1/2 cup tapioca starch (allow to settle well into the measuring cup)
3/4 cup potato starch (allow to settle well into the measuring cup)
1/2 tsp. salt
2 1/2 tsp. gluten-free baking powder
Fillings of your choice, such as jam (strawberry, peach, or blueberry); Solo Poppy Seed or Almond Paste filling; nutella; dates; or prunes
Combine the margarine/shortening and the sugar together. Add the eggs and mix until smooth. Stir in the orange juice and the vanilla.
In a separate bowl, fold together the white rice flour, tapioca starch, potato starch, salt, and baking powder. Fold the flour mixture into the wet mixture to form a firm but soft dough. Transfer the dough to a lightly floured work surface and pat it down. Cover and let it rest for about 10 minutes. Alternatively, you can dust it with tapioca starch and wrap it in saran wrap and store in the refrigerator (up to 2 days) or freezer (up to 3 months) until needed.
Preheat the oven to 350 F. Line 2 large baking sheets with parchment paper.
Divide the dough into 2 or 3 flattened discs and work with one at a time. Roll the dough out on a lightly floured board to a thickness of about 1/8 inch. Depending on how sticky your dough is, you may need to use quite a bit more white rice flour to make it workable. Don't fret, though - they'll still be delicious! We used the top of a cup with a diameter of 2.5 inches to cut out rounds from the dough. As you run out of space to cut dough from, rework and roll the dough out again, as many times as necessary until you run out of dough completely.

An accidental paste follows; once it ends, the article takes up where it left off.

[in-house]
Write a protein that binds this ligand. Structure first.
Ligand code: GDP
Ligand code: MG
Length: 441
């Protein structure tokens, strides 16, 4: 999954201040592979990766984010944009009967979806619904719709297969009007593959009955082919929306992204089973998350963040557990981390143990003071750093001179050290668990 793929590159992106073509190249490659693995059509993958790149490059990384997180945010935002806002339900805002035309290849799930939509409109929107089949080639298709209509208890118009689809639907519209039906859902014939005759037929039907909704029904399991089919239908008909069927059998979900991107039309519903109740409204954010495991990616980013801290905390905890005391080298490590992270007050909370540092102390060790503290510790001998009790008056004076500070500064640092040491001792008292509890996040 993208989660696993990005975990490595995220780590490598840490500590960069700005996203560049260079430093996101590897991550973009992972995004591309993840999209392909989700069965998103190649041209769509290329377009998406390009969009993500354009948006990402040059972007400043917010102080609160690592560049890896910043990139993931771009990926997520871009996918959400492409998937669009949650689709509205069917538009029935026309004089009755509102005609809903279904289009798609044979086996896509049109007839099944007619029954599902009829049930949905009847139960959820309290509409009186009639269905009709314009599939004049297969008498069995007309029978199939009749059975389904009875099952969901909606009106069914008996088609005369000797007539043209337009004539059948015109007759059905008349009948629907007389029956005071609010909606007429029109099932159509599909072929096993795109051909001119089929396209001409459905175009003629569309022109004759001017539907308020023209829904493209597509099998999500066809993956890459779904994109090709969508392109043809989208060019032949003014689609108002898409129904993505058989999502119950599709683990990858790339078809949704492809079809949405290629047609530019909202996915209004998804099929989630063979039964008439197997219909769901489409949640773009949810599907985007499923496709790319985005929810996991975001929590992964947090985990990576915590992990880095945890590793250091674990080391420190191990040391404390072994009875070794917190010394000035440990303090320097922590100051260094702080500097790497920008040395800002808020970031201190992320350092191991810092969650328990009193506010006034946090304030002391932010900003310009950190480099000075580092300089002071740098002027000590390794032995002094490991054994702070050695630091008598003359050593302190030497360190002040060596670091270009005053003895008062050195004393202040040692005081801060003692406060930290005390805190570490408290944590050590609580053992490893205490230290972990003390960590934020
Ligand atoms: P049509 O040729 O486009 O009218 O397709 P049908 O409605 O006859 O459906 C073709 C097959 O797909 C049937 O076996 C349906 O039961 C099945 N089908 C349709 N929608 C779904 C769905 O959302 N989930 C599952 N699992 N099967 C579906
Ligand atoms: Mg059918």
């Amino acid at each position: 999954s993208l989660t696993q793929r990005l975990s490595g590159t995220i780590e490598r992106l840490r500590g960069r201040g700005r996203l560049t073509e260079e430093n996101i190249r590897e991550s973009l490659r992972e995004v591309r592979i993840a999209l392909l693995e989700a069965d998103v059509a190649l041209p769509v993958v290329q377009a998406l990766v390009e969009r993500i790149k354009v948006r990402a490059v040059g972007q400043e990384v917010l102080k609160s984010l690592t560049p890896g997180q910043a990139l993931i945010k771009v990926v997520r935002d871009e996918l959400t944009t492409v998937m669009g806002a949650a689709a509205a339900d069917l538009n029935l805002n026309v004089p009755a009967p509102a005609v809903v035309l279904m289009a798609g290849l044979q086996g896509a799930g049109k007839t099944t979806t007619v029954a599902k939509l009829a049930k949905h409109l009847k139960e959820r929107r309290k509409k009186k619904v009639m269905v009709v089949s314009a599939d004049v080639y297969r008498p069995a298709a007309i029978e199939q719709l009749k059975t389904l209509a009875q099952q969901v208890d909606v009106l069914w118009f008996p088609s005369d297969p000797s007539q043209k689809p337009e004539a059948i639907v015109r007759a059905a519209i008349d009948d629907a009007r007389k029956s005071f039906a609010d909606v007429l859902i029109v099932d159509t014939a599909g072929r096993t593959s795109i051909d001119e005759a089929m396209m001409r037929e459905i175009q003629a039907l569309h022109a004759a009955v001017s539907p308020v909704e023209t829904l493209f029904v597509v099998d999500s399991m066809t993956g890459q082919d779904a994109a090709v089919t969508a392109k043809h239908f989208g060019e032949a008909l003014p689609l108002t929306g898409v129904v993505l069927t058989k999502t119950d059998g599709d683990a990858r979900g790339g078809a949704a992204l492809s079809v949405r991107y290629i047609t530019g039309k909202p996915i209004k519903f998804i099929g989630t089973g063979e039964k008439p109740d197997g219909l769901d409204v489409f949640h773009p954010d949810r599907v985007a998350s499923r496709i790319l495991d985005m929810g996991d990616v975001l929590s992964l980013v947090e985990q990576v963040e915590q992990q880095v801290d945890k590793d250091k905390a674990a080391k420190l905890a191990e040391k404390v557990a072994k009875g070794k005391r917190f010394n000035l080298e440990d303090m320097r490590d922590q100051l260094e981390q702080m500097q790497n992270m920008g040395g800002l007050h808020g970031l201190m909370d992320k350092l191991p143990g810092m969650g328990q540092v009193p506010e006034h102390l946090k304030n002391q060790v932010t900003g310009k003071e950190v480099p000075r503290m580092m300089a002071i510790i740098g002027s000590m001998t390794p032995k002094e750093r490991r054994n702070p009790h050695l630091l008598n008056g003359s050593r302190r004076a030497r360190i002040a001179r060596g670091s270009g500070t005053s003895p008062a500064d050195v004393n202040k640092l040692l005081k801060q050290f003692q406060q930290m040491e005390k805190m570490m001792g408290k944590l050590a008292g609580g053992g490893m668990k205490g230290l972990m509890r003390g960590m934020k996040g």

Line the rounds up on the lined baking sheet. Fill each with a generous teaspoonful of the filling you've chosen and then draw each round of dough together by pulling three sides together and pinching them together in the middle. You'll now have a pastry that looks like the top picture. Once you've pulled all the rounds together in this way, sprinkle generously with the remaining sugar.
Bake for 12 - 15 minutes, or until the tops are nicely browned. Remove from the oven and cool on a wire rack. Or eat warm from the oven. Store in an airtight container (if they last long enough to be stored).
These look delicious! I may try them with butter instead of margarine. YUM!
Hi Carrie, I think butter would work perfectly in these - good luck and let me know how they turn out! Thanks for your comment,
I used this recipe and used butter and they worked out great! My study partner ate all the cookies I brought and she said that she couldn't tell they were gluten free! Delicious! Claire
Love your name! :) And I'm so glad these worked out with the butter instead of the margarine, and that you and your study partner enjoyed them so much. They're so addictive!
Thanks for your comment and happy Purim!
Thanks for your attribution to my recipe for Bakery Style Hamantashen. Seems like your gluten free version of my recipe is a hit and a blessing to gluten-free eaters. Happy purim.
A Treasury of Jewish Holiday Baking (home of Bakery Style Hamantashen)
Post a Comment